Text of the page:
“Boarchuga” Michoacán Bruto & Chino Ensamble
Pechuga is a type of infused mezcal. After a second distillation, herbs, spices, and seasonal fruit are added to the still. Raw chicken, turkey, venison, or in this case – Boar, is suspended inside the still. During the third and final distillation, the alcohol vapor passes over the protein and infuses the mezcal with an amazing flavor.
This pechuga recipe was infused with Jabali (wild Boar), fruits, and herbs including tejocote, epazote, avocado leaf, and avocado seed. A 50/50 blend of Maguey Bruto (Agave inaequidens) and Maguey Chino (Agave cupreata) with a final proof of 48.51%. More information about the vinata and the production can be found on Mezcalistas.
Right off the nose you get intense stew aromas. Like walking into a kitchen with a slow cooker dinner ready to eat. Roasted fennel, rosemary, thyme, and sage. Some raw potato and root vegetables. Barnyard like scents – wet mulch, moss, and hay. Floral dryer sheets. A fresh green lumber smell. Peppercorns, all-spice berries, with a very light lime leaf. A bit more brine than distinct meat salinity that I expected. Kind of like a salt cure.
On the palate there’s a slightly sour or fermented flavor. Salted green tomatoes. Almonds and cashews. Oatmeal. Mushrooms with a lox and capers. Tinge of wood smoke in there at the back of the palate. I’m missing those herbs I got off the nose. There is also an unexpected sweetness like sugared dates and cooked granny smith apples. A very unique flavor for sure.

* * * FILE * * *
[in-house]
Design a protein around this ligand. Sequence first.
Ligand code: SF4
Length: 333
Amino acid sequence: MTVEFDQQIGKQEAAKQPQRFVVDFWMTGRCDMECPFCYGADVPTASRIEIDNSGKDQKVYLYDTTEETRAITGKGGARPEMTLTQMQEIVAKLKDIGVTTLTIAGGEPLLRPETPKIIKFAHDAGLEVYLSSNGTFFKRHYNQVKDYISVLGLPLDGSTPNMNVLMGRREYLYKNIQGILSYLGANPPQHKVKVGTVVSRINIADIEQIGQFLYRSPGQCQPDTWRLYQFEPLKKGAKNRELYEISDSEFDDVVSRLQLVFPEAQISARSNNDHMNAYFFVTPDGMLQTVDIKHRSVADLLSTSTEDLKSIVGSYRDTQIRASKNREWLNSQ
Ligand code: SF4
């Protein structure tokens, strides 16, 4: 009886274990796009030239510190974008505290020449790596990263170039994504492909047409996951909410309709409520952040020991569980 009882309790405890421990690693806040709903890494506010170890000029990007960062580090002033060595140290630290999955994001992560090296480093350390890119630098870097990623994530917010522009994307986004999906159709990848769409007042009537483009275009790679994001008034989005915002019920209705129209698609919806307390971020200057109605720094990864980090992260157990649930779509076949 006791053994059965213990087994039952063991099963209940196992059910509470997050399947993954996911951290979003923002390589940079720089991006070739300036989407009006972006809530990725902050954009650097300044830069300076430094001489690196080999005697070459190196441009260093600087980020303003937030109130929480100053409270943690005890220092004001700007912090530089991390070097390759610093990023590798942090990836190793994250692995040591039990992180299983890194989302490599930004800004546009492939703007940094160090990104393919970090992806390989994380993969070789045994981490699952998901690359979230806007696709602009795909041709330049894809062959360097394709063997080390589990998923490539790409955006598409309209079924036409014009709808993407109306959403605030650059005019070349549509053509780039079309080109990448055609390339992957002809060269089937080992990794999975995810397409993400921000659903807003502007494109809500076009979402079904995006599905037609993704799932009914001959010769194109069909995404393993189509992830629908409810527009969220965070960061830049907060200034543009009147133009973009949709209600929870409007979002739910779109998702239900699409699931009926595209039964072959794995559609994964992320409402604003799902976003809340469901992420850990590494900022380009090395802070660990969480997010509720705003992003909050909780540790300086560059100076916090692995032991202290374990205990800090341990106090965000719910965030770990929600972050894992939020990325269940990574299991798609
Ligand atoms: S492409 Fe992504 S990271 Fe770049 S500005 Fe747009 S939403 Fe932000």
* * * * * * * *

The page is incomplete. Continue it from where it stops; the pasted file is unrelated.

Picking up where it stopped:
The finish has that herb kick I was searching for. Dry rosemary and sage. The stew flavors are also returning with more fennel and green onion. A bit of aniseed and all-spice. Bitter earthy wood flavors like a wet, mossy forest floor. Mushrooms coming through well and true. Kind of a balancing act with the nose and finish complimenting each other.
This is a rather unique mezcal. I expected more salinity but what I got was fantastic nonetheless. I really rather enjoyed the fennel, aniseed flavors in combination with a tomato based stew. It really grounded the flavors against the earthy root vegetables. Comparing this against the Borrego from Antonio Sonido, I might lean more towards Mal Bien’s offering if I was looking for a bit more salt than the tangy brine flavors I got from this La Luna bottle. The addition of fruit really played a nice a role in the recipe. It reminds me of thanksgiving stuffing with spiced sausage and apples.